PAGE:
We Need To Love Where We Are

Exif_JPEG_422Okay, I think I’ve stumbled upon an epiphany about Hawaii that applies to everywhere. Almost literally stumbled upon it just now as I was walking back from the laundromat.

On the way there a friend passed by and beeped at me from her car. I waved the Shaka sign at her as is typical around these parts. On the way back a bad-ass biker dude I don’t know looked at me and gave me the “Hey” nod. I nodded back. Hey. Whether friend or stranger, friendly-looking or gruff, young, elderly, or in between we acknowledge each other because we’re all in this together. By that I mean we’re all here by choice. There is nothing scary in being who we are in front of each other because the choice we’re making, which is our bond, is simply to be here for the love of here. When locals (and I) have a prejudice against “haoles” (outsiders, generally Caucasian) it’s really the colonizing mentality with an unhealthy dash of Manifest Destiny (recently dubbed “a sense of entitlement” as if that’s a new flaw in a younger generation) that we despise.

When I chose to live in New York, it was for a career goal. “It’s New York or Los Angeles,” I told myself and anyone who asked. Those were the only two places I could ever picture myself living because I wanted to be a screenwriter and thought that defined me. I didn’t choose New York for New York’s sake. I’m sure this contributed to my neuroticism. Neuroticism is something New York is famous for and we say it’s because there are so many people and so many artistic types crammed into a small space. But maybe it’s ambition at all costs that’s causing it, not being artistic or claustrophobic. It’s having to “get somewhere” in your career or with your vision–which are both mind constructs: you’re not actually traveling or getting anyway and you don’t particularly care for where you physically are. It’s not always that you don’t like where you live, it’s that it might not even factor into your equation. You’re neutral on it consciously, putting all of your focus on your goals–but that neutrality is a repression, for we must LOVE where we live because we are that place. We are in it, we are contributing to it, we are taking from it.

I mean, right?

So it’s important to love the environment we are in. And that doesn’t necessarily mean packing up and moving. It can mean taking a look around where you are right now and seeing it with eyes anew. If we loved our environment and us in it, we would not need to “protect the environment” … from ourselves. Think of how crazy that is and therefore we are.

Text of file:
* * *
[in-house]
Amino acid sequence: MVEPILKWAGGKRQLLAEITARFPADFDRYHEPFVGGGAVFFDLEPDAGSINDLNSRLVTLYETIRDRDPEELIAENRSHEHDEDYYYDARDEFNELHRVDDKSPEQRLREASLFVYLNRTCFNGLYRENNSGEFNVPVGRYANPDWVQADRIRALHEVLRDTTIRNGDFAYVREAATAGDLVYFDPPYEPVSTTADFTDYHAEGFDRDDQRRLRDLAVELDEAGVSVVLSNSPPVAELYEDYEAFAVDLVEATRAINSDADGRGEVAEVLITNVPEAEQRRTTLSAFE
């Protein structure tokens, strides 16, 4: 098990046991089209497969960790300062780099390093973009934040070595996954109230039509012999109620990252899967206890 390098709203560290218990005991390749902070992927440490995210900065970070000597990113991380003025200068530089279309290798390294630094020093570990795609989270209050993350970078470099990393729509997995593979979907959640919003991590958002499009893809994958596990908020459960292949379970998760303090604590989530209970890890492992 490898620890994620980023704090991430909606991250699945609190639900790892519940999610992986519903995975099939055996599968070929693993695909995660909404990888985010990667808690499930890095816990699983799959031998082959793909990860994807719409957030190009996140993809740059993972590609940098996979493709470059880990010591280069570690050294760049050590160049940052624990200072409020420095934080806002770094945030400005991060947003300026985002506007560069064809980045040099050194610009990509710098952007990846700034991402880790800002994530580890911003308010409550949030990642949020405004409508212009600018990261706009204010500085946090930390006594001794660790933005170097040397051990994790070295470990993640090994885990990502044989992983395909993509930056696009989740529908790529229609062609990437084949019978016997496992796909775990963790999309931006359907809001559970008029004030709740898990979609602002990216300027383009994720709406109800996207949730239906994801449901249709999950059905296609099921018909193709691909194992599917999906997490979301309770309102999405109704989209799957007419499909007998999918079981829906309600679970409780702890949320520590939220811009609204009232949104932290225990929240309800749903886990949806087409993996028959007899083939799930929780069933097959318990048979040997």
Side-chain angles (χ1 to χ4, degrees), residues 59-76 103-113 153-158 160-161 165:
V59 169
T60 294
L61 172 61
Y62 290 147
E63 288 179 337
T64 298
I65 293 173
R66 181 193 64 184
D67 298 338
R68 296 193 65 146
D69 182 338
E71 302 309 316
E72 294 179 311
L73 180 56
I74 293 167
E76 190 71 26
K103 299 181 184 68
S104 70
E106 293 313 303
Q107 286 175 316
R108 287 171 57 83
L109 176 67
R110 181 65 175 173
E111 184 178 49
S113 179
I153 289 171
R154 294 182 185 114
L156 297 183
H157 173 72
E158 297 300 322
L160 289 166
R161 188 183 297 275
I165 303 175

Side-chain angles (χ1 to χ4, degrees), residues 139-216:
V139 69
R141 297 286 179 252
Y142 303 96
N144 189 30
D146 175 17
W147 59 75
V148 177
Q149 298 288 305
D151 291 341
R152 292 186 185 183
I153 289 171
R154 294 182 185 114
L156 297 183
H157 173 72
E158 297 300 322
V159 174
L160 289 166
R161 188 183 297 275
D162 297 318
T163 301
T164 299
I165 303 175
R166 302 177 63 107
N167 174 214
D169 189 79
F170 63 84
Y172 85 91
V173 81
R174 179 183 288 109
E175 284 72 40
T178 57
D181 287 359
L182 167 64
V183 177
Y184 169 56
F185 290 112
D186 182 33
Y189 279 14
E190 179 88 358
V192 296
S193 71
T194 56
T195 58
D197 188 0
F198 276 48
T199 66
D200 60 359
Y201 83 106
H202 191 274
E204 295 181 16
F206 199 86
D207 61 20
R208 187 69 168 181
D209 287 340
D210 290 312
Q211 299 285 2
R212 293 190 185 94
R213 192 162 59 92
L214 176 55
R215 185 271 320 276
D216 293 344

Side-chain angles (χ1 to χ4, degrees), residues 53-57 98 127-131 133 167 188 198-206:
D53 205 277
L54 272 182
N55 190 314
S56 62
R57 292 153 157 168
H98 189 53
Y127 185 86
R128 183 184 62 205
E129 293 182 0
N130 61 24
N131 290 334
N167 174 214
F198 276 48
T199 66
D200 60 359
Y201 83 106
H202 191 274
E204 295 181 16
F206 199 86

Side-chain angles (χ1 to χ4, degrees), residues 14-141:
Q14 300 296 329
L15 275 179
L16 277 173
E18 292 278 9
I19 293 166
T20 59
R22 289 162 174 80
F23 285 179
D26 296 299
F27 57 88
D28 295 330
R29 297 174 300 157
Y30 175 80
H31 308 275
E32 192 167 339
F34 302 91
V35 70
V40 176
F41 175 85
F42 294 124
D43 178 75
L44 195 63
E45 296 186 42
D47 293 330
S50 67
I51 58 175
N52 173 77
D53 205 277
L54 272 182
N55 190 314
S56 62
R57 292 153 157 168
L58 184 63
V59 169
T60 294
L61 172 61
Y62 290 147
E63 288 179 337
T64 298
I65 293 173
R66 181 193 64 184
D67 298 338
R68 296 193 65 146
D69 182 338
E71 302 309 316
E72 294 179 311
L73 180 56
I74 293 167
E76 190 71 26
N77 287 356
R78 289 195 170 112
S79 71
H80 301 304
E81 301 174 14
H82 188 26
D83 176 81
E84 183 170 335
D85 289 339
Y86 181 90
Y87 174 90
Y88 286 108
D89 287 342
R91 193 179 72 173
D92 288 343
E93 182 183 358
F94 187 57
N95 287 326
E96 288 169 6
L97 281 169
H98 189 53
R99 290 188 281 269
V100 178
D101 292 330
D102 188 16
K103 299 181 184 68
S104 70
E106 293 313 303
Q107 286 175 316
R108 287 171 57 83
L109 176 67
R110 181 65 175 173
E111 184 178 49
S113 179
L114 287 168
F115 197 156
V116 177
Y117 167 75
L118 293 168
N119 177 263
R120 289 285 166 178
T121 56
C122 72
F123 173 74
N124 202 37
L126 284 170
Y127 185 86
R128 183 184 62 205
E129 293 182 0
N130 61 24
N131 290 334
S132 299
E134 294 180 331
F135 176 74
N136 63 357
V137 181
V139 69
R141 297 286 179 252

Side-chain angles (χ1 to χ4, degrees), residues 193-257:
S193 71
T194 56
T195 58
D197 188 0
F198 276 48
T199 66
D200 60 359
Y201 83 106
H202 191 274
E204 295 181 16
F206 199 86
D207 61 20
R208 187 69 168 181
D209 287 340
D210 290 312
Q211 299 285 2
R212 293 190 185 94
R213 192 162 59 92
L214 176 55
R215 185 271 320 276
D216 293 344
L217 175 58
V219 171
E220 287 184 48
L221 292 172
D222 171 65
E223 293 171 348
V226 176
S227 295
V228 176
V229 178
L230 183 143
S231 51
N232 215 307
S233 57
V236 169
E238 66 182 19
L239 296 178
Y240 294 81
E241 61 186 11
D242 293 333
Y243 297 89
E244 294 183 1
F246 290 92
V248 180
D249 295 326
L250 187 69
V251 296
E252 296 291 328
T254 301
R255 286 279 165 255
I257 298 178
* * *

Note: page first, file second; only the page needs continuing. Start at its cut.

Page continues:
When we live in environments to which we are detached, we need to form organizations to protect them. From us. When we love where we are, there’s no question of right or wrong environmental action. There’s no duality. And there’s less duality between people who are free to be themselves. Doesn’t mean life is perfectly Smurfy, but we’re less a danger to ourselves here.

Except for where Spam is concerned.

Are Ouija boards just as dangerous as Ebola?


Hmmm… I wonder what Tyler Kokjohn’s response would be and if it would involve steam coming from his ears. Somebody who doesn’t care read this for me and tell me if it lives up to the title. I don’t want to risk spoiling a perfectly good Onion-style header with ludicrously serious and probably offensive religious content.

Originally posted on WNOL:

The Catholic Priest has warned that using Ouija boards over Christmas is the same as ‘going to some parts of Africa and saying i’m immune to Ebola, leaving people open to all kinds of spiritual dangers’.

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Zak Bagans Puts Las Vegas Haunted Home on Market


Any relation to Bilbo?

Originally posted on Scare Stalker :


Anybody want to buy a ready-made haunted townhouse in Las Vegas? Now’s you chance.

Zak Bagans of Ghost Adventures is selling his Las Vegas townhouse for $459,000. The home is allegedly haunted and comes with ghosts, demonic activity, and it even has a hidden dungeon (pictured above).

Bagans purchased the 4,700 square-foot house a few years ago for $370,000 but he didn’t live in it for long. He told TMZ that he “got the Hell out of the house” because a demonic entity pulled him out of bed and pushed his girlfriend down a flight of stairs. The paranormal activity started happening after he brought home a human skull.

The house has a few strange quirks. It comes with a chrome toilet and a dungeon that has a hidden entrance behind a bookcase. Bagans didn’t say if he left behind the skull or not. The house is for sale for…

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